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Reflections on Broadband Access and Adoption From the Broadband Properties Summit

Now that the heavily attended Broadband Properties Summit in Dallas has passed, it is time to reflect on the overall issues facing broadband access, and adoption, as we move forward with a renewed vigor to reach the goals and objectives set forth in the National Broadband Plan. How will we move forward and what hurdles lie ahead in meeting that agenda?

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Now that the heavily attended Broadband Properties Summit in Dallas has passed, it is time to reflect on the overall issues facing broadband access, and adoption, as we move forward with a renewed vigor to reach the goals and objectives set forth in the National Broadband Plan. How will we move forward and what hurdles lie ahead in meeting that agenda?

Graham Richard
Image via Wikipedia

There seemed to be one underlying theme throughout the conference, how can we formulate a plan to foster collaboration in convincing both public and private sectors to work together for a common goal? How to increase broadband proliferation by investing needed capital resources for new infrastructure, create public/private partnerships; invest in new job creation, while bringing high-speed Internet access to rural and underserved communities?

Most Galvanizing Message

The most prevalent message was from former Mayor of Fort Wayne, IN., Graham Richard, (Graham Richard Associates, LLC), in which he threw down the gauntlet in championing the mantra that local governments would have to get involved in attracting broadband for their communities; learn more about how high-speed Internet can help their communities to save money, create jobs, while attracting both new and existing businesses to invest in technology for the betterment of all constituencies. This is where he promotes the public/private partnerships that can make broadband happen as a win-win for both sectors.

Most Recurring Theme

Similar messages were put forth by industry leaders for local leaders, in asking hard questions of their communities about their willingness to work together in creating a consensus from constituents; that broadband would be supported, accepted, and subscribed too, as not only a need, but as an e-economy vehicle in bringing acceptable returns for private investment. Having community acceptance and support is a critical success factor in attracting investors, who must have a return on that investment to provide the highest quality service available.

The Importance of Creating Taskforces

Another consensus running throughout the conference was a call for local communities to create broadband taskforces with long-term goals and objectives for the future. This will be a key element in the success or failure of communities in taking advantage of an e-economy, therefore being able to tap into the benefits of broadband proliferation. These taskforces will make the difference for creating a legitimate business case for broadband. The taskforce must include all parties involved from private sector businesses, local governments, state technology alliances, state government leaders, and national leaders in making that concerted effort to formulate a viable plan.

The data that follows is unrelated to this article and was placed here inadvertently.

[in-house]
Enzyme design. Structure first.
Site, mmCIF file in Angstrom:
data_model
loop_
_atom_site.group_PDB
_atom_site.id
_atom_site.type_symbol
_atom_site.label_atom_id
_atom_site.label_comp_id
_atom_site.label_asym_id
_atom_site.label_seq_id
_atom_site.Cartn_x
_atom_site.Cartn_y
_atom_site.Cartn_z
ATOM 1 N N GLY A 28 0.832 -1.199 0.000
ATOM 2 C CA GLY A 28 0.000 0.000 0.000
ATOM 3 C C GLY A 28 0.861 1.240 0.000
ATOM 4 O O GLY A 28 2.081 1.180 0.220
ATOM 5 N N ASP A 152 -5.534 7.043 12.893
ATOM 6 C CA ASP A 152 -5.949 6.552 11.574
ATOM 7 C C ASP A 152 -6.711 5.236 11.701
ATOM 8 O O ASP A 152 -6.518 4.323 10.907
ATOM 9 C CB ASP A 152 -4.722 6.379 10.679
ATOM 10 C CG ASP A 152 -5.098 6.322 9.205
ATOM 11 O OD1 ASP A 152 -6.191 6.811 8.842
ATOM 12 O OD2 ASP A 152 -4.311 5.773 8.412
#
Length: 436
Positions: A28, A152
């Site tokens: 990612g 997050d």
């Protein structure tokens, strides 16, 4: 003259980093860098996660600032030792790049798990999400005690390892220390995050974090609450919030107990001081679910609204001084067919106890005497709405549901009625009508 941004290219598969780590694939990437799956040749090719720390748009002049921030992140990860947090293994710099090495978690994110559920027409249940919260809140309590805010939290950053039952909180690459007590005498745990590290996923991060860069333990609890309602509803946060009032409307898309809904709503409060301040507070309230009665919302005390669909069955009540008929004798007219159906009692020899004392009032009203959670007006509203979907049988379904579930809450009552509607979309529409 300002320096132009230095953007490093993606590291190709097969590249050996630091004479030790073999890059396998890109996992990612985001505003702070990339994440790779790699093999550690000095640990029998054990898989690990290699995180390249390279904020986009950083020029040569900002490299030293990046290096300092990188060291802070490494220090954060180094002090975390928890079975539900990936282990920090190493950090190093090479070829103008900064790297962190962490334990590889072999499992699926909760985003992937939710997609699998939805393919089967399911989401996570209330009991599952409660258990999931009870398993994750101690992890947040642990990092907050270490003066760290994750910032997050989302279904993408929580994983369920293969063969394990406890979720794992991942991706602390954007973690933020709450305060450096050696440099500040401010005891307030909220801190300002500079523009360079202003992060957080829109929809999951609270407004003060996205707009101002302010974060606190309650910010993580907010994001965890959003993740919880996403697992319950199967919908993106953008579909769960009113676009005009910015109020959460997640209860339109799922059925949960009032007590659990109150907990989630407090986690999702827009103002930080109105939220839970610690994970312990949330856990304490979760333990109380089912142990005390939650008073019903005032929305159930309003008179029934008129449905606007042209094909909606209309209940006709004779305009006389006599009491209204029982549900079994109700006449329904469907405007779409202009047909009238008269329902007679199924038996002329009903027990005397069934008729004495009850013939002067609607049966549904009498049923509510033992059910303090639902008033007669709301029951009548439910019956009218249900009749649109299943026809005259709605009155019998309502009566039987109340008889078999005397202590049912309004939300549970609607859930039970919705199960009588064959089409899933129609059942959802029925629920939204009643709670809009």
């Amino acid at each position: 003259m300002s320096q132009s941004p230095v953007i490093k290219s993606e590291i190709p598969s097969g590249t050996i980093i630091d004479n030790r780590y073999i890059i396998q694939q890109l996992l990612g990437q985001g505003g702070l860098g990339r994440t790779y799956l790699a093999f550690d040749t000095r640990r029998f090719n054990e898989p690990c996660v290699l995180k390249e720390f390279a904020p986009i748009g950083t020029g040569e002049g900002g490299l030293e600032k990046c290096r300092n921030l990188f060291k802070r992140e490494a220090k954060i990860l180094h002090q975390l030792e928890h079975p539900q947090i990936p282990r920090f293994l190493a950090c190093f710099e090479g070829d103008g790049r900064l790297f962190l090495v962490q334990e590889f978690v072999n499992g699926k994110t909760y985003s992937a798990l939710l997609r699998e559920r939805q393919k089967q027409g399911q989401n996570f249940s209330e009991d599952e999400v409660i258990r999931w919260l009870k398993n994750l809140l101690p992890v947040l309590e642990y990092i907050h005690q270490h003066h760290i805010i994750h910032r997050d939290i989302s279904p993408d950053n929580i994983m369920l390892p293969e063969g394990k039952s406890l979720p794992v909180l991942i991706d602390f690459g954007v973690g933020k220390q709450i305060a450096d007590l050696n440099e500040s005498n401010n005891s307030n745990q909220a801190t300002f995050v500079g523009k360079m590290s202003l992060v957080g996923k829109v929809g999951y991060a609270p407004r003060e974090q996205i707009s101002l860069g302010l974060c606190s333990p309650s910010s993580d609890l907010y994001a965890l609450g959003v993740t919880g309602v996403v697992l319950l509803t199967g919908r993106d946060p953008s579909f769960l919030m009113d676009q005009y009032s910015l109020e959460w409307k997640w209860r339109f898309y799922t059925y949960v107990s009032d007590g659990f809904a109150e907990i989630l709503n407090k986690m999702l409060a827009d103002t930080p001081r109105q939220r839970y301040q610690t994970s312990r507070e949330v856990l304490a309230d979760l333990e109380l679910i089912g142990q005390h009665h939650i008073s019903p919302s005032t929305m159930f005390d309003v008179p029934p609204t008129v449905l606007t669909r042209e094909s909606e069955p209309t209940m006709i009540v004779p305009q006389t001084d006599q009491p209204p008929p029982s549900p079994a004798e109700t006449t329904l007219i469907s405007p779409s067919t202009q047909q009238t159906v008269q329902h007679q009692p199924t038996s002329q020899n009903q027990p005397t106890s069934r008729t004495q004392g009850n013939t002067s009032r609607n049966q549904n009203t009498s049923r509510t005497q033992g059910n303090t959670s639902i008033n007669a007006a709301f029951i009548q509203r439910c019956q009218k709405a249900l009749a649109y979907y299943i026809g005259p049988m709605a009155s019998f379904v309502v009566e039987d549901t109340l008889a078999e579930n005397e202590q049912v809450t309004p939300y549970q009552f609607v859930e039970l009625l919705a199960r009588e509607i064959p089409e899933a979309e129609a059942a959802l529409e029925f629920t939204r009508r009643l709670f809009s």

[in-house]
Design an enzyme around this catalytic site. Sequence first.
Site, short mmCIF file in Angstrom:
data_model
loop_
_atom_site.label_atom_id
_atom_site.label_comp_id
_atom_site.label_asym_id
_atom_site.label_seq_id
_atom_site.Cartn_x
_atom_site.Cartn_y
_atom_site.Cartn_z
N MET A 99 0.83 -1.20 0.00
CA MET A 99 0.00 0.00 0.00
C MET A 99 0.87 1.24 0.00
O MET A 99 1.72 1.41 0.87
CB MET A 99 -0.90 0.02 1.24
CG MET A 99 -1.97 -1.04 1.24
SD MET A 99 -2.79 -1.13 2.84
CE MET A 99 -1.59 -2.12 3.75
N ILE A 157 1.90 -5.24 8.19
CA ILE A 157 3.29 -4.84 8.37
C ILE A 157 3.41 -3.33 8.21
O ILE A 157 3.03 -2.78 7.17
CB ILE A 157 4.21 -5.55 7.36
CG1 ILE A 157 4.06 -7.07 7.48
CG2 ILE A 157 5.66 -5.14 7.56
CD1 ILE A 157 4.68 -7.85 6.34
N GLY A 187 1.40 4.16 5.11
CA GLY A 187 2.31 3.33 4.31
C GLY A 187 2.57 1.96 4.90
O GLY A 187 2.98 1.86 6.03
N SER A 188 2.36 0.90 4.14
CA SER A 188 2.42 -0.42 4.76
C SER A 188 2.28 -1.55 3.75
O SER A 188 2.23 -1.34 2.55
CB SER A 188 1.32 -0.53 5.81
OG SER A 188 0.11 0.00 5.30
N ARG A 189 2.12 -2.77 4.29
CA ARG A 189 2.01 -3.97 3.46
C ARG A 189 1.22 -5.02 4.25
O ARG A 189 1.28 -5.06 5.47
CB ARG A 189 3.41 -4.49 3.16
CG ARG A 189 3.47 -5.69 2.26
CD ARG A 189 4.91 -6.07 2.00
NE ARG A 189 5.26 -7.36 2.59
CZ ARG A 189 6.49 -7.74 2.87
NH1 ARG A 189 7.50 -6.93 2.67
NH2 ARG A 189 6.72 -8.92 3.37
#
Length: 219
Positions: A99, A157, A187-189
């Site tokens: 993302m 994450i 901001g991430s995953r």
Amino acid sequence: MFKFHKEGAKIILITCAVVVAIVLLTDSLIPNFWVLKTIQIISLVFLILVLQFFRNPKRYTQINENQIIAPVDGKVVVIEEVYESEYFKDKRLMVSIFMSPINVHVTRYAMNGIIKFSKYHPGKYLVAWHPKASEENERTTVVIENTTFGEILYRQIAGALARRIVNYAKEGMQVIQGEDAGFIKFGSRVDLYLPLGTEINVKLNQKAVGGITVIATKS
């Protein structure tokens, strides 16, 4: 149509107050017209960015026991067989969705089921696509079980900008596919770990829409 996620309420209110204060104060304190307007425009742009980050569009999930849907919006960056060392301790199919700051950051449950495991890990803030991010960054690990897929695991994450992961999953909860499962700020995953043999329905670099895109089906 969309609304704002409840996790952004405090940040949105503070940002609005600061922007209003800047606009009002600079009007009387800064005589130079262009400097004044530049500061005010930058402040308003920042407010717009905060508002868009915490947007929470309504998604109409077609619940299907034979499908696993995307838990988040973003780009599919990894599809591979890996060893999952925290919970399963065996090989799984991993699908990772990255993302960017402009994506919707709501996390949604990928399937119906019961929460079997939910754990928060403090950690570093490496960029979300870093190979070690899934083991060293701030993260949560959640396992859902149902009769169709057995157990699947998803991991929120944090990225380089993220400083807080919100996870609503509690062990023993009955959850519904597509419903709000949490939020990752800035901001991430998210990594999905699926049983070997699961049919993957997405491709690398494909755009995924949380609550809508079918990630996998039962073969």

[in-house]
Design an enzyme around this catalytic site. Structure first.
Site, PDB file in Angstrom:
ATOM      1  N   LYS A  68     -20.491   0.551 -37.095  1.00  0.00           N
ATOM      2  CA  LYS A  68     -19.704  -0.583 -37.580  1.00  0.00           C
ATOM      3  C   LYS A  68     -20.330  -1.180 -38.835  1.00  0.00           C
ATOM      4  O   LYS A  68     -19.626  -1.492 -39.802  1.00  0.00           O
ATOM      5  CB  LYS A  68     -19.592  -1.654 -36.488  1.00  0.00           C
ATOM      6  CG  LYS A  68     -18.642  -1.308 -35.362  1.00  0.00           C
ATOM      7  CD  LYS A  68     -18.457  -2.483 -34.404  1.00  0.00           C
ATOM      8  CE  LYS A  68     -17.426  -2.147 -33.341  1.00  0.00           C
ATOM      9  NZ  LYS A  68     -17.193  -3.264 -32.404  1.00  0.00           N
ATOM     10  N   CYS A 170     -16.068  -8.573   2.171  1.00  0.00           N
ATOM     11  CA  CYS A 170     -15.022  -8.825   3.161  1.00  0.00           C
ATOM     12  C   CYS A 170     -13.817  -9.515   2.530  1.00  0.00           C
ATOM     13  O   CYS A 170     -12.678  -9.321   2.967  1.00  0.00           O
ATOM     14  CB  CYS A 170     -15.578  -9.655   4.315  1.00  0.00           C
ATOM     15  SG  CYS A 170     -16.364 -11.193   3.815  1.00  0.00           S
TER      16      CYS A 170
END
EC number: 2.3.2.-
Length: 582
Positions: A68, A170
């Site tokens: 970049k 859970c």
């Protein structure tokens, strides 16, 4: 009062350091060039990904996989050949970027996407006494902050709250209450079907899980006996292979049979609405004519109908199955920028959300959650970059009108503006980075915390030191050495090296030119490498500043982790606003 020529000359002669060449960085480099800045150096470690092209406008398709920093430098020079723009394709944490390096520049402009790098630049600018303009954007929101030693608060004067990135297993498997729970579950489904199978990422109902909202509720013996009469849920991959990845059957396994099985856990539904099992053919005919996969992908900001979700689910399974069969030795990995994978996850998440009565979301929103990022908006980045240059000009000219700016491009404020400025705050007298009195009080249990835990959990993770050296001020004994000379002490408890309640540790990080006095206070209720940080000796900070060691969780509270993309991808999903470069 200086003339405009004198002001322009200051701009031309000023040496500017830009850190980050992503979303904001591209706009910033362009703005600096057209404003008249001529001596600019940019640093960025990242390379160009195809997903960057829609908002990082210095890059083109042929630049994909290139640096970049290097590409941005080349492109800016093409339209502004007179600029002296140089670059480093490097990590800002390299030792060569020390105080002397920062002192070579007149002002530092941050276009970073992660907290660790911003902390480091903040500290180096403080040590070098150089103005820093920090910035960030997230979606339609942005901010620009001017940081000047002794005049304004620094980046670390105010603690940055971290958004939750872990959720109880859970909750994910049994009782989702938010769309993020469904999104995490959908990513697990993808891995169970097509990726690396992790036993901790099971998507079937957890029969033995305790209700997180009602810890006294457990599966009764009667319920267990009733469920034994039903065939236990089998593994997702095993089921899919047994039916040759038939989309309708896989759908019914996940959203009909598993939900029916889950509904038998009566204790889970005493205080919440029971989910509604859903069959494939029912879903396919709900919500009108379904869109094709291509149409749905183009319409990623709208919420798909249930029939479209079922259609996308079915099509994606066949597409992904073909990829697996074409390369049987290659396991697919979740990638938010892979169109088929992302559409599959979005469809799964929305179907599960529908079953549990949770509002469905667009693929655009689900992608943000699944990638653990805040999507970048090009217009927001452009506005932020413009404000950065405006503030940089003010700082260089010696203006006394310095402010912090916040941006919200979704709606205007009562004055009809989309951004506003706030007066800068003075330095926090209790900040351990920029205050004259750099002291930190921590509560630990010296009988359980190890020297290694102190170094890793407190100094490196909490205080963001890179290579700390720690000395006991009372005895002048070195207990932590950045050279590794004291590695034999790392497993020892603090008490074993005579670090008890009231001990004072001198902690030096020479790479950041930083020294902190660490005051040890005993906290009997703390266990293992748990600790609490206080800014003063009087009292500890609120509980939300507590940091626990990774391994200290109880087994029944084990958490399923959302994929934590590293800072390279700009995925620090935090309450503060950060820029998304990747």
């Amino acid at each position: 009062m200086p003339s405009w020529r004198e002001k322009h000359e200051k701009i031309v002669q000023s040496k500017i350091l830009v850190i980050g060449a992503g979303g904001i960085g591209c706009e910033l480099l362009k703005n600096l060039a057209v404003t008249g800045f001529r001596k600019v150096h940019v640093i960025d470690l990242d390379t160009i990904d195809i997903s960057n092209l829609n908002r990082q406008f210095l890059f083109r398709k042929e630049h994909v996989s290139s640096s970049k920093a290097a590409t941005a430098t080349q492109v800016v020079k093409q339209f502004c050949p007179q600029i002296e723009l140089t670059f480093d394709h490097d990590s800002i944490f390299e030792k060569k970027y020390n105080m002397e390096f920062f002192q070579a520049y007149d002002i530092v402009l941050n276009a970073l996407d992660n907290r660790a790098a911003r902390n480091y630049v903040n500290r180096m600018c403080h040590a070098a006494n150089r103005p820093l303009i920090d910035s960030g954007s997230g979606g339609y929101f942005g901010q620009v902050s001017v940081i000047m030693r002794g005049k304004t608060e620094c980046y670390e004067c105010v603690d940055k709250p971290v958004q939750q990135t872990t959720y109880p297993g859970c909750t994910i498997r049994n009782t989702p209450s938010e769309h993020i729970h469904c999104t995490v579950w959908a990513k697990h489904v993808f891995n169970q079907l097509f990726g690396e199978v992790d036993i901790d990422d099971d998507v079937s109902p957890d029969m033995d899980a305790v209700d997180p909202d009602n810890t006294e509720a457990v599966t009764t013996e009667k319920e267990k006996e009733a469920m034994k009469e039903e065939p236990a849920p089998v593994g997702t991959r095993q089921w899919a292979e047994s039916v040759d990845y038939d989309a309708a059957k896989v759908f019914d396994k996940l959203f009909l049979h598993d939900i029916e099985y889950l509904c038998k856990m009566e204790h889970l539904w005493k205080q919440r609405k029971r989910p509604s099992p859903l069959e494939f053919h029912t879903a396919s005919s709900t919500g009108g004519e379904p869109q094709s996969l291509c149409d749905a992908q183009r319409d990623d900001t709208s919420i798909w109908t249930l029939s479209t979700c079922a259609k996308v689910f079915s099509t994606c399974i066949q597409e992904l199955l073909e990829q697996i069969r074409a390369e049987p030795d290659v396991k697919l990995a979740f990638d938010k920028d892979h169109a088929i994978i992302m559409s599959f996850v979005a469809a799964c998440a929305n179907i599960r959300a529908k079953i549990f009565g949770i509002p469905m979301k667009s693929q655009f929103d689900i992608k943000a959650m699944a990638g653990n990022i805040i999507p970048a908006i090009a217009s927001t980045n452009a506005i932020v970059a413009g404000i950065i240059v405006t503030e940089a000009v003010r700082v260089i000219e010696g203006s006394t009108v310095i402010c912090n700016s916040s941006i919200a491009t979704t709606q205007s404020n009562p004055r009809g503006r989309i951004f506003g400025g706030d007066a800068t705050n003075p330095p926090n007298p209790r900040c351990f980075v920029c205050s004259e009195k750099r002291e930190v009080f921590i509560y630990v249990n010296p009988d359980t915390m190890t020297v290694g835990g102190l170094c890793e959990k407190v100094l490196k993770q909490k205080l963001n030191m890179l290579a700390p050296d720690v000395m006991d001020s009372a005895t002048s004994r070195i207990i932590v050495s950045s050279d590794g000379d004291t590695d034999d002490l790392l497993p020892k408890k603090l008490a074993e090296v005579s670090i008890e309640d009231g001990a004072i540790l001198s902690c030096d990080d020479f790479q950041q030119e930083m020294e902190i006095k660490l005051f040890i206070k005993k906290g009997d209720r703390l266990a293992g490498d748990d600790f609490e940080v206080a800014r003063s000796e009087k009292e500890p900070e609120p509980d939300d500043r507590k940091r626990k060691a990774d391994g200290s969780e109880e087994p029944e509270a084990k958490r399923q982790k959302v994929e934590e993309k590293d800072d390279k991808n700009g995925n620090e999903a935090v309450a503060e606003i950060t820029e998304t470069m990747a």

Community support is vital for the success of the plan in which all constituents must come together and collaborate to make this happen. It cannot come to fruition without every citizen being involved in that support; either through serving on the taskforce, committing to subscribe, recruiting infrastructure builders, or attracting business partners for those goals.

Summit Roundtable Creation

Last but not least, the creation by Graham Richard of a small group of interested constituents in seeing the future benefits of broadband come to rural communities, and how it can help those communities improve services; to include e-healthcare, e-education, saving money on services offered through broadband e-technology, and attracting new businesses and keeping existing businesses solvent. It is a tall gauntlet Mayor Richard has thrown down as a challenge for all constituents involved, to get involved through collaboration and communication in moving the agenda forward.

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Len Grace is a Cable Industry veteran with over 18 years experience as a former General Manager with Comcast Corporation. His insights into pertinent and relevant issues within the Telecom/Cable TV arenas both inform and enlighten readers on current industry trends. Currently, Len is an Independent Consultant/Strategist and Blogger who contributes to Light Reading/Cable Digital News, an internationally syndicated technology news organization. Len blogs under the title The Cable Pipeline offering research and commentary on today’s broadband issues. Also see his expert opinion.

Broadband Data

Ookla Has Verizon as Fastest Q1 Fixed Provider, T-Mobile Takes Top Spot for Mobile

T-Mobile was also named the most consistent mobile operator and topped 5G download speeds.

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Image of Speedtest from May 2017 by Daniel Aleksandersen used with permission

WASHINGTON, April 18, 2022 – A market report released Friday by performance metrics web service Ookla named Verizon the fastest fixed broadband provider in the U.S. during the first quarter of 2022, and T-Mobile as the fastest mobile operator during the same period.

Verizon had a median download speed of 184.36 Mbps, edging out Comcast Xfinity’s speed of 179.12 Mbps. T-Mobile’s median mobile speed was 117.83 Mbps.